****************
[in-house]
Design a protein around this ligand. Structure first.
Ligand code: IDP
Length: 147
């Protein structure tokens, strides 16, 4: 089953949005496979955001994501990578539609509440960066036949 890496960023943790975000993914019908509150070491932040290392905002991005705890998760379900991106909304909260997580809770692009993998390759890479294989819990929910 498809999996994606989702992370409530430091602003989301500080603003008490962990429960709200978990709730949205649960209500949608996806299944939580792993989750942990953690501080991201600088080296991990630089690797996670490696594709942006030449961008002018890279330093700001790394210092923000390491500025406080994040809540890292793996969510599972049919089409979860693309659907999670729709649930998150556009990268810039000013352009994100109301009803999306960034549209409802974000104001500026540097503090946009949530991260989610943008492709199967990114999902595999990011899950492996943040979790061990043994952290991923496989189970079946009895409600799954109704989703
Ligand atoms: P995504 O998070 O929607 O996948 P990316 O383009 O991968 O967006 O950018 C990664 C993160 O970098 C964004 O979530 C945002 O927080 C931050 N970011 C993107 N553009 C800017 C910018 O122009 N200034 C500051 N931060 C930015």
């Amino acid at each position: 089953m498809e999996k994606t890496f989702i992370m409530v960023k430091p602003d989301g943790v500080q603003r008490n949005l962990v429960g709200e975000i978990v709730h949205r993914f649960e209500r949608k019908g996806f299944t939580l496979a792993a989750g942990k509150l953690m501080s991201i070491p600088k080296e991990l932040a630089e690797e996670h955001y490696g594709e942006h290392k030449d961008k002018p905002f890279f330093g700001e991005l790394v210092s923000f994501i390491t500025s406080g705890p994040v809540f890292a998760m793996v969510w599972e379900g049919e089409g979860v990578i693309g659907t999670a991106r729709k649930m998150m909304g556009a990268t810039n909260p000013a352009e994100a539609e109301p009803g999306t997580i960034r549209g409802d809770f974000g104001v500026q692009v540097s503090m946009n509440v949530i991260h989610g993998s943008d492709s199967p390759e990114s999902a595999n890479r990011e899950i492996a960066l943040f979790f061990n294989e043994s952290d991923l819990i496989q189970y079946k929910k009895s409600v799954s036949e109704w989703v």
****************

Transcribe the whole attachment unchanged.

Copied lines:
[in-house]
Design a protein around this ligand. Structure first.
Ligand code: IDP
Length: 147
């Protein structure tokens, strides 16, 4: 089953949005496979955001994501990578539609509440960066036949 890496960023943790975000993914019908509150070491932040290392905002991005705890998760379900991106909304909260997580809770692009993998390759890479294989819990929910 498809999996994606989702992370409530430091602003989301500080603003008490962990429960709200978990709730949205649960209500949608996806299944939580792993989750942990953690501080991201600088080296991990630089690797996670490696594709942006030449961008002018890279330093700001790394210092923000390491500025406080994040809540890292793996969510599972049919089409979860693309659907999670729709649930998150556009990268810039000013352009994100109301009803999306960034549209409802974000104001500026540097503090946009949530991260989610943008492709199967990114999902595999990011899950492996943040979790061990043994952290991923496989189970079946009895409600799954109704989703
Ligand atoms: P995504 O998070 O929607 O996948 P990316 O383009 O991968 O967006 O950018 C990664 C993160 O970098 C964004 O979530 C945002 O927080 C931050 N970011 C993107 N553009 C800017 C910018 O122009 N200034 C500051 N931060 C930015």
């Amino acid at each position: 089953m498809e999996k994606t890496f989702i992370m409530v960023k430091p602003d989301g943790v500080q603003r008490n949005l962990v429960g709200e975000i978990v709730h949205r993914f649960e209500r949608k019908g996806f299944t939580l496979a792993a989750g942990k509150l953690m501080s991201i070491p600088k080296e991990l932040a630089e690797e996670h955001y490696g594709e942006h290392k030449d961008k002018p905002f890279f330093g700001e991005l790394v210092s923000f994501i390491t500025s406080g705890p994040v809540f890292a998760m793996v969510w599972e379900g049919e089409g979860v990578i693309g659907t999670a991106r729709k649930m998150m909304g556009a990268t810039n909260p000013a352009e994100a539609e109301p009803g999306t997580i960034r549209g409802d809770f974000g104001v500026q692009v540097s503090m946009n509440v949530i991260h989610g993998s943008d492709s199967p390759e990114s999902a595999n890479r990011e899950i492996a960066l943040f979790f061990n294989e043994s952290d991923l819990i496989q189970y079946k929910k009895s409600v799954s036949e109704w989703v």